all of those new titles as part of their "DC You" publishing initiative, DC also attempted to make the June issues all of their pre-existing titles good jumping-on points, by starting new story arcs and launching new directions for the titles. In the case of the bigger characters, those new directions were rather radical.
Superman's secret identity was revealed to the world, he was greatly de-powered, he got a haircut and started wearing a more casual costume of jeans and a Superman t-shirt again. Batman is presumed dead, and so former police commissioner James Gordon is taking over the role of Batman, wearing a huge suit of robotic armor. Even Aquaman and Green Lantern Hal Jordan received pretty dramatic new costume changes and shifts to their status quo (with both being labeled fugitives).
And as for Wonder Woman? Well, she basically just changed clothes.
June's issue of Wonder Woman, which is still being written by Meredith Finch and still being penciled by David Finch, includes a scene where Wonder Woman visits her half-brother Smith/Hephaestus to pick up her new outfit. It's mean to be a reflction of everything she is now, she says, "god, queen, warrior for justice."
In the back of the $3.99, 20-page Wonder Woman #41, there's a two-page feature labeled "Warrior Wear" which features a half-dozen preliminary sketches–including one which looks an awful lot like a Donna Troy/Wonder Girl costume, and another that looks like the final version with a cape attached–and a sheet of the final costume from three different views.
There's a block quote from Finch, and six short paragraphs about the design process.
Meredith Finch is quoted saying basically what Wonder Woman does in the script: I really wanted her new costume to reflect all of her roles: old–as in, member of the Justice League; and new–as in, God of War and Queen of Themyscira."
By "what any of the men wear," I assume Finch was referring to what the other Justice Leaguers wear, and that, of course, means showing less skin. In that regard, pants are usually what gets added whenever someone tries to improve upon Wonder Woman's costume (in fact, New 52 Wonder Woman was going to wear pants instead of shorts, until fandom collectively freaked out). Covering her bare arms as well is a more unusual move (Jim Lee's infamous pre-Flashpoint redesign included a jacket though). Interestingly, "the men" are showing a bit more skin now than they did when they last had makeovers: Superman's wearing short-sleeves, and Aquaman's wearing no sleeves.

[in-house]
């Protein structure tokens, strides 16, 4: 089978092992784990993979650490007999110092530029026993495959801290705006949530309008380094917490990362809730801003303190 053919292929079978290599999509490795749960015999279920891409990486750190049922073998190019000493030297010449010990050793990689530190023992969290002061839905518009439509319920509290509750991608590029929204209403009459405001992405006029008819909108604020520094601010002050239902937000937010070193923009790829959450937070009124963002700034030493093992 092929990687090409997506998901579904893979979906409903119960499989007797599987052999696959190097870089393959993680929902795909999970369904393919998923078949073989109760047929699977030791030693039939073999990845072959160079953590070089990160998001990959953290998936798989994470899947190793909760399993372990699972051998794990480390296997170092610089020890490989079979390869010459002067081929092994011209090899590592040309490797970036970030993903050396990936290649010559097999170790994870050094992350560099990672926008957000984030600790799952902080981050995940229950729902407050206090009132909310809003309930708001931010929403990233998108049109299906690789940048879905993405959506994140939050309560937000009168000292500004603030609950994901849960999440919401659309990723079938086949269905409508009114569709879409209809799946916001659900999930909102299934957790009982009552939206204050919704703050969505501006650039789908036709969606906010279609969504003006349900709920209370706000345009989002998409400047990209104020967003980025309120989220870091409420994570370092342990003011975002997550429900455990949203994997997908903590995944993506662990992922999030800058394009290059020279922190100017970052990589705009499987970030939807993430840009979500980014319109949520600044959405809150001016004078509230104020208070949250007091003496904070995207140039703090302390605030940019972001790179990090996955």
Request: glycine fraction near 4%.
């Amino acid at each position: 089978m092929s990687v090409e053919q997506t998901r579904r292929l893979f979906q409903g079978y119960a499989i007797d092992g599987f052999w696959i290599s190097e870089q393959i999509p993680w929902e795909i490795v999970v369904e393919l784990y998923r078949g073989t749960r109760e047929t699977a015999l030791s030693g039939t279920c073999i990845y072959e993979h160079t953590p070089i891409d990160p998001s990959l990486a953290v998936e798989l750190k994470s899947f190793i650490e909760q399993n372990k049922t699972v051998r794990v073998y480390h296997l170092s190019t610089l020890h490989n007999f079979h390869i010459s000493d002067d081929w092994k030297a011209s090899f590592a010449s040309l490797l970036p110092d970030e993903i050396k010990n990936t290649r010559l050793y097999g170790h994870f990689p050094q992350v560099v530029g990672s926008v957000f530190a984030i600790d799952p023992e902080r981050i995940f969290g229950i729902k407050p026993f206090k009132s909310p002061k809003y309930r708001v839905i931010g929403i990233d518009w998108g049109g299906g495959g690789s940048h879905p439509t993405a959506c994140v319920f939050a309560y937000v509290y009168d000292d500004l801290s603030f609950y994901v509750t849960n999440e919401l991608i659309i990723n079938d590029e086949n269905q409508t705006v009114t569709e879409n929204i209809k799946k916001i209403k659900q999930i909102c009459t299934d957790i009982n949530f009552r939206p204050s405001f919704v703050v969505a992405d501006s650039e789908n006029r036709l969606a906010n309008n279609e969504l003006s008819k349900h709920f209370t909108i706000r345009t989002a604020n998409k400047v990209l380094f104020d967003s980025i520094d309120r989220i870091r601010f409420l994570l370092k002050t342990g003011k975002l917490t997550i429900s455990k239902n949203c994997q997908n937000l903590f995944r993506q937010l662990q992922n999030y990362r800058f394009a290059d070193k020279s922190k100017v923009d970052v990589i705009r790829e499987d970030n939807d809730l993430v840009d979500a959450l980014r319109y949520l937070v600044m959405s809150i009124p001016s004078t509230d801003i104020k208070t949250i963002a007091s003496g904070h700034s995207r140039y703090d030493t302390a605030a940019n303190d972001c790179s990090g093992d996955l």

I always find it a little silly when someone tries to articulate practicality and what a superhero costume should look like in "the real world," especially for a fantastic character like Wonder Woman. Like, what would "a woman in the real world" wear to fight crime? A police uniform. And...that's about the only option, really.
What would a super-powered demi-goddess from an ancient, immortal race of warrior women wear to fight crime in the real world...? Who cares? The real world is not one in which a super-powered demi-goddes from an ancient, immortal race of warrior women exist at all, full-stop.
I don't care for the costume at all. It's a worse one than the original New 52 redesign (which was just her New 52 costume, but with black pants instead of shorts) and Jim Lee's redesign from J. Michael Stracynski's ill-fated run on Wonder Woman. It's basically just her current costume worn over a black unitard, with a pointy loincloth and shoulder-pads and thigh-high boots. As for how her knife-bracelets work, she doesn't use them at all in this issue, but I've never really understood outfitting Wonder Woman with edged weapons. A "warrior for peace" doesn't really need anything to stab with, you know?
Ideally, Wonder Woman would just change clothes when she was fulfilling the different roles in her life: Wearing her superhero costume when being a superhero, adding Bronze Age accessories like bits of armor and a battle-skirt when being an Amazonian warrior, putting on a nice clean toga when being a queen, and putting on War/Ares' helm and cape when god of warring. It's not like anyone has one outfit they wear in all occasions, designed to reflect every aspect of themselves, you know?
But then, this costume change is really just a change for change's sake, something to give Wonder Woman a hook to potentially draw in new readers, and it shouldn't last all that long.